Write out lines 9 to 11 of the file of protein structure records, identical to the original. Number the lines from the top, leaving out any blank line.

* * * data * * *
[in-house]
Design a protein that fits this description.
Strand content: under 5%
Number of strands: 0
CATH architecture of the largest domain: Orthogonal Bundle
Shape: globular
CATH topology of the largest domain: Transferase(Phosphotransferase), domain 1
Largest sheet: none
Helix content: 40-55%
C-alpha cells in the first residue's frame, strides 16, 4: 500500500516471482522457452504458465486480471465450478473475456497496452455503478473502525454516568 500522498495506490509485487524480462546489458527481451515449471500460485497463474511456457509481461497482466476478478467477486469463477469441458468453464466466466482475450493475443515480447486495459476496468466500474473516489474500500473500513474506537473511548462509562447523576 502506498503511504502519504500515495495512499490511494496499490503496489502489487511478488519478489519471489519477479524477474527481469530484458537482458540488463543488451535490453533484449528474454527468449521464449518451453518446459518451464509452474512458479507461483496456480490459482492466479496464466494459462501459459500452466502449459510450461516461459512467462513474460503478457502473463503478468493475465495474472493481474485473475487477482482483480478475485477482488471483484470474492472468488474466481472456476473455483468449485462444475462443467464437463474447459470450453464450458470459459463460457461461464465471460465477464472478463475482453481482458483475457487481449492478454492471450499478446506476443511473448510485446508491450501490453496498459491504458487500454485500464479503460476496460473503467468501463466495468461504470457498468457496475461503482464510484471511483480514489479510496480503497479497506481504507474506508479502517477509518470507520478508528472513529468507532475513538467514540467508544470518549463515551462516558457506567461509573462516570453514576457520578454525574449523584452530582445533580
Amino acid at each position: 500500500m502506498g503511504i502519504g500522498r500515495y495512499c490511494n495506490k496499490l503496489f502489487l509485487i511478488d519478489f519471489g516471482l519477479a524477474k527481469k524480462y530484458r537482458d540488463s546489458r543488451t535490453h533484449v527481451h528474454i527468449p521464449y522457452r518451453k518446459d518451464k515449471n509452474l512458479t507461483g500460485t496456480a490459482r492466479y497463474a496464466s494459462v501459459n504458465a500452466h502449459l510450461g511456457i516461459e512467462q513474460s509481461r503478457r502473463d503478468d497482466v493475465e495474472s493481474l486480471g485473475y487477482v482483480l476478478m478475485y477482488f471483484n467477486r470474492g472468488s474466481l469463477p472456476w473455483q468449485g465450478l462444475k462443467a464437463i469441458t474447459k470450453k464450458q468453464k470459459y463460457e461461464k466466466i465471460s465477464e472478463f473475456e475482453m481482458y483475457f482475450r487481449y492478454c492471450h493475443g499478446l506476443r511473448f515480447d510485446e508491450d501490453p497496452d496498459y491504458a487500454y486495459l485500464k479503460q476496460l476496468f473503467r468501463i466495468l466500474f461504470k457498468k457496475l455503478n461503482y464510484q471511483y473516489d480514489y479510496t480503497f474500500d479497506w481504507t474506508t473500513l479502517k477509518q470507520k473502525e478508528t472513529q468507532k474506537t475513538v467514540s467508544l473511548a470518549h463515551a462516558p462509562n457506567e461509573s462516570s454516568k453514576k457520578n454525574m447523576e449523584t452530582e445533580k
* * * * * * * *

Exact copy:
Helix content: 40-55%
C-alpha cells in the first residue's frame, strides 16, 4: 500500500516471482522457452504458465486480471465450478473475456497496452455503478473502525454516568 500522498495506490509485487524480462546489458527481451515449471500460485497463474511456457509481461497482466476478478467477486469463477469441458468453464466466466482475450493475443515480447486495459476496468466500474473516489474500500473500513474506537473511548462509562447523576 502506498503511504502519504500515495495512499490511494496499490503496489502489487511478488519478489519471489519477479524477474527481469530484458537482458540488463543488451535490453533484449528474454527468449521464449518451453518446459518451464509452474512458479507461483496456480490459482492466479496464466494459462501459459500452466502449459510450461516461459512467462513474460503478457502473463503478468493475465495474472493481474485473475487477482482483480478475485477482488471483484470474492472468488474466481472456476473455483468449485462444475462443467464437463474447459470450453464450458470459459463460457461461464465471460465477464472478463475482453481482458483475457487481449492478454492471450499478446506476443511473448510485446508491450501490453496498459491504458487500454485500464479503460476496460473503467468501463466495468461504470457498468457496475461503482464510484471511483480514489479510496480503497479497506481504507474506508479502517477509518470507520478508528472513529468507532475513538467514540467508544470518549463515551462516558457506567461509573462516570453514576457520578454525574449523584452530582445533580
Amino acid at each position: 500500500m502506498g503511504i502519504g500522498r500515495y495512499c490511494n495506490k496499490l503496489f502489487l509485487i511478488d519478489f519471489g516471482l519477479a524477474k527481469k524480462y530484458r537482458d540488463s546489458r543488451t535490453h533484449v527481451h528474454i527468449p521464449y522457452r518451453k518446459d518451464k515449471n509452474l512458479t507461483g500460485t496456480a490459482r492466479y497463474a496464466s494459462v501459459n504458465a500452466h502449459l510450461g511456457i516461459e512467462q513474460s509481461r503478457r502473463d503478468d497482466v493475465e495474472s493481474l486480471g485473475y487477482v482483480l476478478m478475485y477482488f471483484n467477486r470474492g472468488s474466481l469463477p472456476w473455483q468449485g465450478l462444475k462443467a464437463i469441458t474447459k470450453k464450458q468453464k470459459y463460457e461461464k466466466i465471460s465477464e472478463f473475456e475482453m481482458y483475457f482475450r487481449y492478454c492471450h493475443g499478446l506476443r511473448f515480447d510485446e508491450d501490453p497496452d496498459y491504458a487500454y486495459l485500464k479503460q476496460l476496468f473503467r468501463i466495468l466500474f461504470k457498468k457496475l455503478n461503482y464510484q471511483y473516489d480514489y479510496t480503497f474500500d479497506w481504507t474506508t473500513l479502517k477509518q470507520k473502525e478508528t472513529q468507532k474506537t475513538v467514540s467508544l473511548a470518549h463515551a462516558p462509562n457506567e461509573s462516570s454516568k453514576k457520578n454525574m447523576e449523584t452530582e445533580k